The protest -- and the fundraiser -- come as Democrats are preparing to pass legislation that will lift those restrictions.

"My only hope is that some day the people of Cuba will have the same right to protest inside Cuba as these pro-Castro apologists have here in the United States," Rivera said.

Mel Martinez backs Solis for labor

Mel Martinez just spoke on the Senate floor in support of President Barack Obama's nominee for Labor Secretary -- Hilda Solis -- noting she'd be the first Hispanic to hold the post.

The California congresswoman's nomination has been held up amid Republican grumbling about her work for a pro-labor group that supports legislation to make it easier for workers to organize unions. She also had to answer questions about tax liens filed against her husband.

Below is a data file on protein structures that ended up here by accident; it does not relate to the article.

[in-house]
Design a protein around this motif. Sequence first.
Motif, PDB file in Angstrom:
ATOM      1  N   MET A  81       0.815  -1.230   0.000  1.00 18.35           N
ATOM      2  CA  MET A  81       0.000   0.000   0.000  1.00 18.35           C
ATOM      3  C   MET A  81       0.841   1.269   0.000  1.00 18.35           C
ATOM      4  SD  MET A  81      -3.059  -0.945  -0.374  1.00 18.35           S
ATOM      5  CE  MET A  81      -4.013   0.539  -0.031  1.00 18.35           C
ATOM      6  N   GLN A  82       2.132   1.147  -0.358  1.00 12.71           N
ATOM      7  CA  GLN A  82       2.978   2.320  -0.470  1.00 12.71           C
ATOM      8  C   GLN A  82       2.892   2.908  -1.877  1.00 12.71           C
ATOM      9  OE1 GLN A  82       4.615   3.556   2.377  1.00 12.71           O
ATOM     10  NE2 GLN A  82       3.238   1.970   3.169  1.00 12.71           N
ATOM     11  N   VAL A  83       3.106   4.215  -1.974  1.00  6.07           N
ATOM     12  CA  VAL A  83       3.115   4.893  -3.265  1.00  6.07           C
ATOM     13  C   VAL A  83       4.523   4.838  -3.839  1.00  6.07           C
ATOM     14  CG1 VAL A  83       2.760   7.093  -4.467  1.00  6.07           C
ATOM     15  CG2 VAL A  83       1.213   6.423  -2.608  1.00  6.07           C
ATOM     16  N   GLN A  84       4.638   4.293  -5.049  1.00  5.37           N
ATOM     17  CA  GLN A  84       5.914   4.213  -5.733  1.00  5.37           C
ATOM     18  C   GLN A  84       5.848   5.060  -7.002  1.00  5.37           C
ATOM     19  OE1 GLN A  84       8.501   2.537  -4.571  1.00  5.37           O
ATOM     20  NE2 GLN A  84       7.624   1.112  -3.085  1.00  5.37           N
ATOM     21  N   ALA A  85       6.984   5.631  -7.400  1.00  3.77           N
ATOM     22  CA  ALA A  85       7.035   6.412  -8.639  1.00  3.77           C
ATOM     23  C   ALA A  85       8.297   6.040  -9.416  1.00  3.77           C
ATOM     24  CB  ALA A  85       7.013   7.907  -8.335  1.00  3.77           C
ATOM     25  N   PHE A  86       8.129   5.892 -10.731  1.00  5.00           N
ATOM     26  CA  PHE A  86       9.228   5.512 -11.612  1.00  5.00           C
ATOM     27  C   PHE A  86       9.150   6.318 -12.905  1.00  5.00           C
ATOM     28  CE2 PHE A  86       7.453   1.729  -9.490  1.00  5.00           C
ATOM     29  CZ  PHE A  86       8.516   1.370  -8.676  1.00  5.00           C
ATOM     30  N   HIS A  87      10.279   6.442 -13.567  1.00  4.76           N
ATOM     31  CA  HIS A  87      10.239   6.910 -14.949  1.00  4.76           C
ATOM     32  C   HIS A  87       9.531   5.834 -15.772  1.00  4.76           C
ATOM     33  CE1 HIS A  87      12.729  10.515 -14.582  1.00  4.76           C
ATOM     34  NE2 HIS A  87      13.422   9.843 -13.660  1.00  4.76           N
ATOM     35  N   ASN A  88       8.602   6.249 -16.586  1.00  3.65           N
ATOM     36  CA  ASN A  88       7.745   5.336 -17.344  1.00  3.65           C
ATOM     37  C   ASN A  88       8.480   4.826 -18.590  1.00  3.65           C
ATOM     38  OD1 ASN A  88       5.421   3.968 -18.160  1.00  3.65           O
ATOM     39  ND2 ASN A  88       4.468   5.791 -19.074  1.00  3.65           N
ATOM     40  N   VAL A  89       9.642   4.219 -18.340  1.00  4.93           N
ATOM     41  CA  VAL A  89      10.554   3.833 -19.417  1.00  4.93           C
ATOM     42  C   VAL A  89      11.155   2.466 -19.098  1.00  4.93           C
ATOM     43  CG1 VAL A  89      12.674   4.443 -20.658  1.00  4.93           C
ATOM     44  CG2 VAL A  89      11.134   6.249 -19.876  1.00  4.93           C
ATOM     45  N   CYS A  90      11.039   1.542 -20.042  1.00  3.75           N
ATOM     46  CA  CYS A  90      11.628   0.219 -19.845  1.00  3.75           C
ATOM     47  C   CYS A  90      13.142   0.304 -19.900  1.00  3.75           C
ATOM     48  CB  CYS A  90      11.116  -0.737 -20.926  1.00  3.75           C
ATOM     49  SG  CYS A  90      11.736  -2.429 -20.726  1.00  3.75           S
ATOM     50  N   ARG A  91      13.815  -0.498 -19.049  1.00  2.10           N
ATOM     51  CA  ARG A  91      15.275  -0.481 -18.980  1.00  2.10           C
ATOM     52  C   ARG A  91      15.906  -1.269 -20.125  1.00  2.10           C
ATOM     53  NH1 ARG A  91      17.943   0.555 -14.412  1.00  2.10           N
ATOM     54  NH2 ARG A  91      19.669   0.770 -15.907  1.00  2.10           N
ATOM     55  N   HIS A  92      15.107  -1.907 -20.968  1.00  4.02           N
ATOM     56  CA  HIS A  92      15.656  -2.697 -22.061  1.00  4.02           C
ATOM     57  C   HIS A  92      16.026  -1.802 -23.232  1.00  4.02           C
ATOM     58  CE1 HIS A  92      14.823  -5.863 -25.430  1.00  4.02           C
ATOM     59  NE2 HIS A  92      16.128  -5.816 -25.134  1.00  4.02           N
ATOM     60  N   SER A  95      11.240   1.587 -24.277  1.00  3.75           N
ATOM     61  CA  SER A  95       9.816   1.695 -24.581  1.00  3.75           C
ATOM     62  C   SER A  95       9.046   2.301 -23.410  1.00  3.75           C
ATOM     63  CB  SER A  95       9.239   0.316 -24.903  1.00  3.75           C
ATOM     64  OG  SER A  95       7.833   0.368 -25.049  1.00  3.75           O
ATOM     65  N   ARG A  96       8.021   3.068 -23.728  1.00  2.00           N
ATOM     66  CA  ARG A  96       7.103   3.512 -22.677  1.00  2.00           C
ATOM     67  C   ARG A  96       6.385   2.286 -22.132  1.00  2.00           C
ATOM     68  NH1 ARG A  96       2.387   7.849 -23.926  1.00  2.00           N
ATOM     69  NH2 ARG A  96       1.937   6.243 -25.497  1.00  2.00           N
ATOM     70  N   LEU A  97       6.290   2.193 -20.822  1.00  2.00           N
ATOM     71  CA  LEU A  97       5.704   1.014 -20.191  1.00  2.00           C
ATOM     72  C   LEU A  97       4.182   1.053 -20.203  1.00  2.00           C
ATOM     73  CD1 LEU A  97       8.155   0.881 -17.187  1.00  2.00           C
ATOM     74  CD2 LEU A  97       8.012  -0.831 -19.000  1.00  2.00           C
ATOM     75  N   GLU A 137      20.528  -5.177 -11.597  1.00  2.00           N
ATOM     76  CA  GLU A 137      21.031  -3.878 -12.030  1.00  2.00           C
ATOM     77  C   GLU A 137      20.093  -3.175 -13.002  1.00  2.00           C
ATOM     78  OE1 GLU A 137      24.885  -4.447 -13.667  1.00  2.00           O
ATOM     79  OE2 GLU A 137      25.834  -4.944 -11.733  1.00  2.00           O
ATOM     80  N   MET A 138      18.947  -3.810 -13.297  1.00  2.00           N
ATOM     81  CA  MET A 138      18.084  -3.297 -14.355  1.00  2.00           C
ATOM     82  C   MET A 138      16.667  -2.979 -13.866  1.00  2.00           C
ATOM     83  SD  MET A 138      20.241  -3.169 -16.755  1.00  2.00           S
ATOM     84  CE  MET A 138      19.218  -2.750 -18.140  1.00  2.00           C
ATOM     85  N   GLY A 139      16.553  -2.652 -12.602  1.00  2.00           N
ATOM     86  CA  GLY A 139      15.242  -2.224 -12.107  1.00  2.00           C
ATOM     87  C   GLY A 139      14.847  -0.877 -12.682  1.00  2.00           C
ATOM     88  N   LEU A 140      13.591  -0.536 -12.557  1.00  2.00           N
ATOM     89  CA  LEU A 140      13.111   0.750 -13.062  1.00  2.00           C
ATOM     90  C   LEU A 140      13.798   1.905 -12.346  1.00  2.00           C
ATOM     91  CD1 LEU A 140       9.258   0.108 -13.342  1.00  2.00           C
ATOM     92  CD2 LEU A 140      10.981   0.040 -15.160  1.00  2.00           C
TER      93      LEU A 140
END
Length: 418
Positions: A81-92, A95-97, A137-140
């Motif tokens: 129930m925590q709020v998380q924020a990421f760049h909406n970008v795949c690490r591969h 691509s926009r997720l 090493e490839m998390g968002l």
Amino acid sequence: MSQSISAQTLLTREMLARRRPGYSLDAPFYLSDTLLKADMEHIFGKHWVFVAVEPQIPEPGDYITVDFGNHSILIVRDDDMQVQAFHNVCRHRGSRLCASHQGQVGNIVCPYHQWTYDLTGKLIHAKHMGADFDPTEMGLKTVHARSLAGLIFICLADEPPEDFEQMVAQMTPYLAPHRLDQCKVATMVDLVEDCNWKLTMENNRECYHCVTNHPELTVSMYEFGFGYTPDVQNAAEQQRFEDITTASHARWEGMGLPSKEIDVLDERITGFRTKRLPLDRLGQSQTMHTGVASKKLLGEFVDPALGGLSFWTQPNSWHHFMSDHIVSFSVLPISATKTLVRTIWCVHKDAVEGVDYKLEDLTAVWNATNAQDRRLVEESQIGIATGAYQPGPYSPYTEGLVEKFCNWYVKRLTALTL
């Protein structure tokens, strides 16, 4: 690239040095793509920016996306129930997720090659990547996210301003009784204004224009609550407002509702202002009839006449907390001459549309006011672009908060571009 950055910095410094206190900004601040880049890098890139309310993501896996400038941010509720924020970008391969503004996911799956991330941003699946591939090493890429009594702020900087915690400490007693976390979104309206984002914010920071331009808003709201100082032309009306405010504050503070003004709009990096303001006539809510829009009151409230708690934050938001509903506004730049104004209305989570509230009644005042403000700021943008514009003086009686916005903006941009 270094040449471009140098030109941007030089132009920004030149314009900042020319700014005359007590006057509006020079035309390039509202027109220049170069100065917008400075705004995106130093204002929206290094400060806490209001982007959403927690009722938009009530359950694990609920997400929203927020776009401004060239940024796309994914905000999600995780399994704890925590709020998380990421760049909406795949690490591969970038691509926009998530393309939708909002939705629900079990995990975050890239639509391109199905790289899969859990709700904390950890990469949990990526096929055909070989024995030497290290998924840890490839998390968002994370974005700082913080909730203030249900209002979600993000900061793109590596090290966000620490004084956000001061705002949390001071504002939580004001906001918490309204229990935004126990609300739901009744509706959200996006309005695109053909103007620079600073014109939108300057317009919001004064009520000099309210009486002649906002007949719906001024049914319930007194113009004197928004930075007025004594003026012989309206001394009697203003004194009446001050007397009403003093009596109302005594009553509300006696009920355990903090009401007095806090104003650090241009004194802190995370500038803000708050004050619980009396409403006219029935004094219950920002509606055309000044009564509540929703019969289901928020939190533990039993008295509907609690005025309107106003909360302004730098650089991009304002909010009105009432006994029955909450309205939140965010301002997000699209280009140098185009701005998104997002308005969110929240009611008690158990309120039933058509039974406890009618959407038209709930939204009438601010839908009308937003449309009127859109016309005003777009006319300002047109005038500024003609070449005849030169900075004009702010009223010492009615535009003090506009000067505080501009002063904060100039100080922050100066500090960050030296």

Mayors: If the governors don't want the money, we'll take it

The nation's mayors -- led by Miami's Manny Diaz -- tell President Barack Obama they'll be more than happy to take any economic stimulus dollars rejected by GOP governors.

In a letter to Obama, the US Conference of Mayors said it was "concerned to hear that some governors and some states may choose to reject selected funding provided under the new law. 

"As a nation, we cannot allow our citizens and communities to needlessly suffer when assistance is available to help them survive and rebuild in these troubling times," wrote Diaz, who chairs the US Conference of Mayors. "That is why we ask you and your administration to devise a mechanism that will allow cities and our residents to have full access to all programs funded under ARRA in the event that any state chooses to reject such funding."